• Great fatigue

    Asked by Lindy on Wednesday, September 19, 2012

    Great fatigue

    Tired, tired, tired. GP or onc?? Seems I am going to have to find someone who treats people and not just cancer. Need to know why, after finishing 16 months of surgeries, chemo, radiation, monoclonal antibody, vaccine trial that ended in the Spring...I am spending half my days in bed with little energy or strength. Anyone else been through this??

    Thanks KarenG_WN for suggesting the ask forum

    14 Answers from the Community

    14 answers
    • lynn1950's Avatar

      And are you now taking Arimidex? Oh, friend, you have just put yourself through major physical, mental, and emotional stress. Of course you are tired. Let yourself rest a bit now. Do what you can and what interests you.

      If you feel that some of the fatigue is related to depression, be sure and let your GP know. I would let my onc know at my follow-up visit about the fatigue, as well. It could be anemia. The strength part you will have to build back slowly. I walked, swam, and practiced yoga. All have helped me be better, be more energetic, and feel better.

      about 4 years ago
    • GregP_WN's Avatar

      You have been through more than I did on my last treatment. I have been out of treatment for 4 years and I am still tired in the afternoons. I love to see 10pm come, thats my nighty nite time and I love to sleep and nap. Sad isn't it.

      Hope you get some energy!

      about 4 years ago
    • Tracy's Avatar

      No matter what kind of cancer you are going through you are going to have lots of fatigue. I think it is a reaction that the body has to force you to slow down. You are in shock and your body is in recovery, this is very normal. One big issue is that people who have not been in this situation (the big C) think that you are "cured" and you should be back to "normal". But you have been fighting a war in both body and mind, to expect you to be "normal" is not reality. Its is kind of like PTSD, You are still fighting this and the poison that treatment has done to you. You are also experiencing the worry that you will learn to live with, it will get better but you are in the new reality of cancer. Don't push yourself and know that we all go through this. Find a Dr who will listen to you, you will know your body better than anyone. We have a problem with depression after treatment which sounds odd but our lives change so dramatically after this experience. Its is so hard to get back to the place you were before this because you are no longer the same person. You are strong and you have many new friends who have been through it! Take care of yourself and be know its all OK. Tracy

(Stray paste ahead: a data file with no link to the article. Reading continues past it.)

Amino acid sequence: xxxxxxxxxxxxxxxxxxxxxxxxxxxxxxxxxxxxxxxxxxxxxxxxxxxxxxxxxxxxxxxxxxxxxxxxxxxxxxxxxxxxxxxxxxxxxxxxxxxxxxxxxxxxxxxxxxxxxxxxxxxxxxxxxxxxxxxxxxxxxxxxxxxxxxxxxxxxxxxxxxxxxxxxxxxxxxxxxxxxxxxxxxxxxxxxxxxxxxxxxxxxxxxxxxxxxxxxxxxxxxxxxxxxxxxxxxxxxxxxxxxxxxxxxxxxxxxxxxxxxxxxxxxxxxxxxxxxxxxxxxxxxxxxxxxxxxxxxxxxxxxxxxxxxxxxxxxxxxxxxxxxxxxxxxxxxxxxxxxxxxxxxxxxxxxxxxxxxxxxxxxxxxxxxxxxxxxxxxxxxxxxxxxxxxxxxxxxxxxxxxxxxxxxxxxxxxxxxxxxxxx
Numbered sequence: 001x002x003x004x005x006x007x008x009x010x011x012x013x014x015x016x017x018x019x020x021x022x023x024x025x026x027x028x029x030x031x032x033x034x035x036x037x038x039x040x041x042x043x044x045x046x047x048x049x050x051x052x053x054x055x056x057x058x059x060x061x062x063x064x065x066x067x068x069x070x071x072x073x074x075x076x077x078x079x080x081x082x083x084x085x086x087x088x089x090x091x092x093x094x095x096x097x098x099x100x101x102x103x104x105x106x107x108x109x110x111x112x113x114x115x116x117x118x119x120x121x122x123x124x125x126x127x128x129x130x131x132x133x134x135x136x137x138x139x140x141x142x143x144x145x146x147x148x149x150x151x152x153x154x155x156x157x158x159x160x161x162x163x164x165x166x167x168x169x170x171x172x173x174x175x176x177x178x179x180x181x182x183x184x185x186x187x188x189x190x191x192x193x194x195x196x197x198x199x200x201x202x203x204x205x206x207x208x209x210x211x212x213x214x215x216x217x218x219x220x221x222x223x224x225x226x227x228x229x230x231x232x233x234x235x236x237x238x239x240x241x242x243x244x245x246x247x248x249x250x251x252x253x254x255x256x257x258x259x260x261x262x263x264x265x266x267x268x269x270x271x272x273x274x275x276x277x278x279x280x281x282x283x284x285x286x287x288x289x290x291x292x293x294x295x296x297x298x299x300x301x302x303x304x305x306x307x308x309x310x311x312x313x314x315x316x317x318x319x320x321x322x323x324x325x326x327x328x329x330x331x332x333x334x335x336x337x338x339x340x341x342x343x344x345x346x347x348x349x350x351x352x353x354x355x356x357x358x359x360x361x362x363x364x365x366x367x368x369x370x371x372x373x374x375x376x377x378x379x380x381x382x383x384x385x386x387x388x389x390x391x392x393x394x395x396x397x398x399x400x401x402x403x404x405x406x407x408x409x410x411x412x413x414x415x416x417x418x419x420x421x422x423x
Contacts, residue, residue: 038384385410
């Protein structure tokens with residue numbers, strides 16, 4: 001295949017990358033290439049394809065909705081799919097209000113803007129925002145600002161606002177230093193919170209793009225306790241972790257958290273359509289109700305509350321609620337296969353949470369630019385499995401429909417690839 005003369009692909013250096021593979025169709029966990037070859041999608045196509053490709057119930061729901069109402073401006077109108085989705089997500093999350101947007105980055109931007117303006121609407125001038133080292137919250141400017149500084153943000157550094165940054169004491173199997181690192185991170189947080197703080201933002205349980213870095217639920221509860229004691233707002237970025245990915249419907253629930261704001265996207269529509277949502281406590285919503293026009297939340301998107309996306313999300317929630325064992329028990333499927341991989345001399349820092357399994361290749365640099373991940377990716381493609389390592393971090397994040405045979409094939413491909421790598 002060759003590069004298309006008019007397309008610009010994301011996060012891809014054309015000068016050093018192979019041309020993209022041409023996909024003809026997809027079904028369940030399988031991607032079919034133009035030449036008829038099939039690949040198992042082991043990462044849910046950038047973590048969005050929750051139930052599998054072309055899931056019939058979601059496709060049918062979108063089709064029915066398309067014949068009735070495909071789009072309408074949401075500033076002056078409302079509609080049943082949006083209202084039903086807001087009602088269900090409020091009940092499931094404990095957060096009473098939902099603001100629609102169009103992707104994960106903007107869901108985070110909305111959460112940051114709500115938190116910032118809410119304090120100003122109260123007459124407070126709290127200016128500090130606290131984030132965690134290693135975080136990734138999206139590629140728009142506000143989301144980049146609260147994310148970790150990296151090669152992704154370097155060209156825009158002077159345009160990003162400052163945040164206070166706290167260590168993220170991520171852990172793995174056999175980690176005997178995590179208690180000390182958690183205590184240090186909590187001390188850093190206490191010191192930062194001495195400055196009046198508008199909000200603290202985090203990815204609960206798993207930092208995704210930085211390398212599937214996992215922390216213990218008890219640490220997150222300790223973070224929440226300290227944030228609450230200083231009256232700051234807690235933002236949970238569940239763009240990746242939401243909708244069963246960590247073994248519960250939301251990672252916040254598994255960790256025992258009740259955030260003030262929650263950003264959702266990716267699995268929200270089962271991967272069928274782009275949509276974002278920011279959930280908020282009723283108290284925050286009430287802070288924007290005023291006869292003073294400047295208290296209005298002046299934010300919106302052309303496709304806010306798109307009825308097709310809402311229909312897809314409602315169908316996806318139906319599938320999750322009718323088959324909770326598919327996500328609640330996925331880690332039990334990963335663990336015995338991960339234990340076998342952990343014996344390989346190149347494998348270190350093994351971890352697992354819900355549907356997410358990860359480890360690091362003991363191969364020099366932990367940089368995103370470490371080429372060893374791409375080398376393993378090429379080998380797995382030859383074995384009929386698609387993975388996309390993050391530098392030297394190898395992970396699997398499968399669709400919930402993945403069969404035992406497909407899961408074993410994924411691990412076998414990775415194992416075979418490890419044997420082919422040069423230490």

about 4 years ago
    • nancyjac's Avatar

      16 months of active treatment is very tiring. To date, nobody has found a cure that prevents us from feeling fatigue when out bodies are stressed and as we grow older. I know it can be frustrating, but it is not the fault of your doctors, just of nature.

      about 4 years ago
    • workit's Avatar

      I know it sounds counter-intuitive but exercise. To me, that is where the fight comes in fighting cancer, getting moving when I don't feel like it - I always feel better afterwards. Did you get MUGA tests for your heart with your chemo treatment?

      There are lots of cancer research articles to support it as well. You can go to PubMed and search exercise AND cancer AND fatigue using the advanced search tool there. You can even add cancer type if you want to be more specific. Be sure to select 'Title' or 'Title/Abstract' rather than the 'All Fields' where it says 'Builder' and 'AND'.

      A number of commonly used chemo drugs do a number on the cardiovascular system, that is why fatigue is prevalent, not exercising exacerbates the problem. If muscles are not used they whither (get smaller), like putting a broken arm in a cast, once the cast is removed the muscles in the arm are smaller and weaker. A common problem with breast cancer patients/survivors is weight gain, therefore, combining smaller muscles due to inactivity with cardiovascular damage from chemo drugs and weight gain means more fatigue.

      Give it a try, ease into it. Best wishes for reduced fatigue and increased energy!

      Some related articles below:

      Using exercise to fight fatigue in breast cancer survivors: challenges
      and future directions
      http://www.expert-reviews.com/doi/pdfplus/10.1586/erp.12.20 (full text article)

      Modulation of Anthracycline-Induced Cardiotoxicity by Aerobic Exercise in Breast Cancer (full text article) http://circ.ahajournals.org/content/124/5/642.full

      Long-term toxic effects of adjuvant chemotherapy in breast cancer (full text article)

      Cardiotoxicity due to Cancer Therapy (full text article)

      Cardiotoxicity of the cancer therapeutic agent imatinib mesylate (Gleevec) (full text article)

      Exercise interventions on health-related quality of life for cancer survivors. (abstract)

      Exercise interventions on health-related quality of life for people with cancer during active treatment.
      http://www.ncbi.nlm.nih.gov/pubmed/22895974 (abstract)

      Differential effects of exercise on cancer-related fatigue during and following treatment: a meta-analysis.http://www.ncbi.nlm.nih.gov/pubmed/22813691 (abstract)